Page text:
What Kids Really Need

In a “give me, give me” world, it is easy to get confused what kids really need from their parents. As parents, we want to give our kids many things, and sometimes we want to give them all the things we might have never had. Physically speaking, we know that kids need air to breathe, food, water, and shelter. But, spiritually speaking, what do our kids really need from us?

Kids need love.

From the time children are born into this world, they are totally dependent on others. They need a lot of love from their parents. It is proven that human touch is so very important to a baby. Babies need love in the form of touch, care, and attention. God told us that He is love (1 John 4:8). As a baby grows, he will need to be showered with unconditional love from his parents! He will need to learn about God through his parents. Love also translates into time; kids everywhere in the world equate time with love. Economical status really is of little matter concerning this. Our time does not always cost a certain dollar amount, but it is a precious thing! Spending time with your children shows so much more love than anything that you can buy them. Think about two scenarios. You can buy a child a toy for one dollar and then sit and play with him for an hour. Or you can buy a child a toy that is $100 and think to yourself, “I have done my part; he needs to go play now.” Most likely, the child will feel more true love with the hour spent than receiving the expensive toy.

Kids need godly parents.

And these words which I command you today shall be in your heart. You shall teach them diligently to your children, and shall talk of them when you sit in your house, when you walk by the way, when you lie down, and when you rise up (Deuteronomy 6:6-7).

Parents need to teach their children any and every opportunity they can! We as parents cannot expect the church to teach our children everything they need to know about God and the Bible. It has to start at home. It needs to be a way of life. It needs to be integrated in our daily life…when we sit in our houses, when we walk by the way, when we lie down, and when we rise up. We must seize the moments that we have with our children! This may mean waking up earlier if the child goes to school. Most parents feed their children in the morning before they are sent off to school. However, the “spiritual food” is often neglected because of the rush of the morning. It only takes about 5-10 minutes to read a chapter of the Bible. It only takes about one minute or two to read one verse, talk about it, and pray together.

Kids need the Bible. If they are small, it is our job as parents to teach them. Try to develop a true love for God’s Word. This will be in the form of singing and holding or loving their Bibles when they are as young as babies. Then, when they are in the toddler years, make the Bible come alive for them! Act out stories, color pictures, etc. when you are teaching the Bible. Make an effort! Their love for God’s Word is not going to come naturally if you do not encourage it! When they begin to learn to read, let them read some to you, and you can help explain words or meanings. It is also beneficial for children to listen to an audio Bible on their tablets or other devices. Even if they do not understand everything, they are learning to listen to God’s Word, and you will be surprised at how much they can learn! Be joyful and intentional about your “Bible times” with your children. Be excited to gather around the table and study God’s Word; be excited to have family Bible devotionals together! They will see your joyful attitude and imitate that love for God’s Word! Try to be as consistent as you can with these “Bible times.” We are creatures of habit, and a habit may take about two months to form (Lally, et.al., 2010, 40[6]:998-1009). Therefore, what better habit could you have than creating time for teaching the Bible to your children!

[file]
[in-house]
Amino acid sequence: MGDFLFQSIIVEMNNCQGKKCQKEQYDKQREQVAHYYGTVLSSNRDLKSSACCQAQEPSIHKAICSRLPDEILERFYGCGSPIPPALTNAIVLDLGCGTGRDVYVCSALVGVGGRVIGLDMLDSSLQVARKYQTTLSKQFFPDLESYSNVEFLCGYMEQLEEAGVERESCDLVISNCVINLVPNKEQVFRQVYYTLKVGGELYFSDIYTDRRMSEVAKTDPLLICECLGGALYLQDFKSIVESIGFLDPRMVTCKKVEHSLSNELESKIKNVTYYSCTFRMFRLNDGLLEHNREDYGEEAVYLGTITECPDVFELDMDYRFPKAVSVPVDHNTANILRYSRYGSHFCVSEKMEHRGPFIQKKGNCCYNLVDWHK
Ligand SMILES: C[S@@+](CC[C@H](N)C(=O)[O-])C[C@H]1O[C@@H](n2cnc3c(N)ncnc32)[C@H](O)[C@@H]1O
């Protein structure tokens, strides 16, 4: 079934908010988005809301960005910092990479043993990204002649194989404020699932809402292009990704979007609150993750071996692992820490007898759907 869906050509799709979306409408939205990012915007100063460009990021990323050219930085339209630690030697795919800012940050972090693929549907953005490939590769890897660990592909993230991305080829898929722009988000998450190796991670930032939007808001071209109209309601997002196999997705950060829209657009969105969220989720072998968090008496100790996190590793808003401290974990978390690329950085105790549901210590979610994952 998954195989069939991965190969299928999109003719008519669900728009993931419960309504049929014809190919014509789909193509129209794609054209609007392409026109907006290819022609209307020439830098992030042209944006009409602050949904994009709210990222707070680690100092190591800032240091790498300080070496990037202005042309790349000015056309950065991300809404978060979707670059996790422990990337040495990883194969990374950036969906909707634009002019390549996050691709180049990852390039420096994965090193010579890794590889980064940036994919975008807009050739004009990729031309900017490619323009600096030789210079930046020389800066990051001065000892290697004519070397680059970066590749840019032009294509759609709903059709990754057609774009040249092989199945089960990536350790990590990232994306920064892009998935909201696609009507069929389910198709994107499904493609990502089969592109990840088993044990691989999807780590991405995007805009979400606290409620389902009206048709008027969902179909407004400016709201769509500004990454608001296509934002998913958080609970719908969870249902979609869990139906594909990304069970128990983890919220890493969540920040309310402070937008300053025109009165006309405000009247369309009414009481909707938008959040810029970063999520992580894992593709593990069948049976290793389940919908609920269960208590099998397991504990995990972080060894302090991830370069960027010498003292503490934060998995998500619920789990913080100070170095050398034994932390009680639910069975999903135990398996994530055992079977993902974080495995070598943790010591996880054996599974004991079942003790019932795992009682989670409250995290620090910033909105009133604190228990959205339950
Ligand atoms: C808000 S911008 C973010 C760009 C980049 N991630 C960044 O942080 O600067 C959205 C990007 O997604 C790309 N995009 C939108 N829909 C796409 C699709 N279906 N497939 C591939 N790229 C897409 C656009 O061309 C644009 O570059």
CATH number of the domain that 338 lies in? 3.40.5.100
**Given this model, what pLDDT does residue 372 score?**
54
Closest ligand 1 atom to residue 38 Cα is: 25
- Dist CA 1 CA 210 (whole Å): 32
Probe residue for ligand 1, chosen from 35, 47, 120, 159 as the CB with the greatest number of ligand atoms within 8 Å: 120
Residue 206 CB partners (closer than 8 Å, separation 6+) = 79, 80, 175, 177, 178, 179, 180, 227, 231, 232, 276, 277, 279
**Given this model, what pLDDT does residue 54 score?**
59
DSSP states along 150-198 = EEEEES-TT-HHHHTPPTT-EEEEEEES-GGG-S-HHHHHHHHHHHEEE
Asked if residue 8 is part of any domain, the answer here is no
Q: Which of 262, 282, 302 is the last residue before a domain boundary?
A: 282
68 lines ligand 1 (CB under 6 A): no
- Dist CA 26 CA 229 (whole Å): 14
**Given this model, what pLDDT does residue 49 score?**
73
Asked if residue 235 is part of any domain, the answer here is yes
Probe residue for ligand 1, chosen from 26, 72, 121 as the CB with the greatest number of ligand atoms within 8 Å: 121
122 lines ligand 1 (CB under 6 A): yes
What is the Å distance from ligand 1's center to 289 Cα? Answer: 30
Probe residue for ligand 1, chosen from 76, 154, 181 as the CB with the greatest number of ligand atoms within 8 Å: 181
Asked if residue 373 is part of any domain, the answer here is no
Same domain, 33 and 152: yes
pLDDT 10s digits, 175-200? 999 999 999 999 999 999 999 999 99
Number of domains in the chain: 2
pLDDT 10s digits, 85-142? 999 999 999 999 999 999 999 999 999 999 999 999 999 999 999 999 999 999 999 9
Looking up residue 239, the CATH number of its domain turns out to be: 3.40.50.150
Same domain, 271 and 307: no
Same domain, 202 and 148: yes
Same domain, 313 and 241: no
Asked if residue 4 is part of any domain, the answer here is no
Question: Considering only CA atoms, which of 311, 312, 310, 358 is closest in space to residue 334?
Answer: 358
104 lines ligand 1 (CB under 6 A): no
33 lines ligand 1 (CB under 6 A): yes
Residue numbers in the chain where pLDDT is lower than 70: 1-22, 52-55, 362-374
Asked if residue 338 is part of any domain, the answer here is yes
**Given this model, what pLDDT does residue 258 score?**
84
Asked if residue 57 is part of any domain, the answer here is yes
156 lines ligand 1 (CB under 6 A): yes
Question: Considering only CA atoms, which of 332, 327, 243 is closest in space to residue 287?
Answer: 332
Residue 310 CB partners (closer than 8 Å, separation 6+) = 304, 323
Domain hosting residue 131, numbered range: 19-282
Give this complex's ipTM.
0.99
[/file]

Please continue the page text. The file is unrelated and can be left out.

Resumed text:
Kids need play time.

This is not too hard for most kids. Let us make sure that we allow them this important part of their growing life. Kids learn things through play, and we can be near them and help them to be able to get along with their siblings or other children. During free play, there are lots of opportunities to observe their attitudes. Also, be interested in your children and take time to play what they would like for you to play with them! Kids feel loved when you take the time to sit down and ask questions about what they are interested in and show how you care about it!

Kids need discipline.

He who spares his rod hates his son, but he who loves him disciplines him promptly (Proverbs 13:24). Chasten your son while there is hope, and do not set your heart on his destruction (Proverbs 19:18).

It is clearly spoken in the Bible that we are to train our children in the Lord and to administer discipline in order to teach them. Children need to know boundaries, and parents need to be consistent in their discipline. They need to know that they are expected to obey the first time. They need to know that the family is a unit or a team in which all work together with a common purpose. The children are not in competition with each other to see who is the “best” at being a child! Their household chores are meant to be a collaboration to help the family because Mom and/or Dad does not need to be doing every chore for them! They can be contributing members of the family as they grow older, resulting in mutual respect for one another.

As you give kids many things, do not forget to give them what they really need!


Lally, Phillippa, et.al. (2010), “How Are Habits Formed,” European Journal of Social Psychology, October.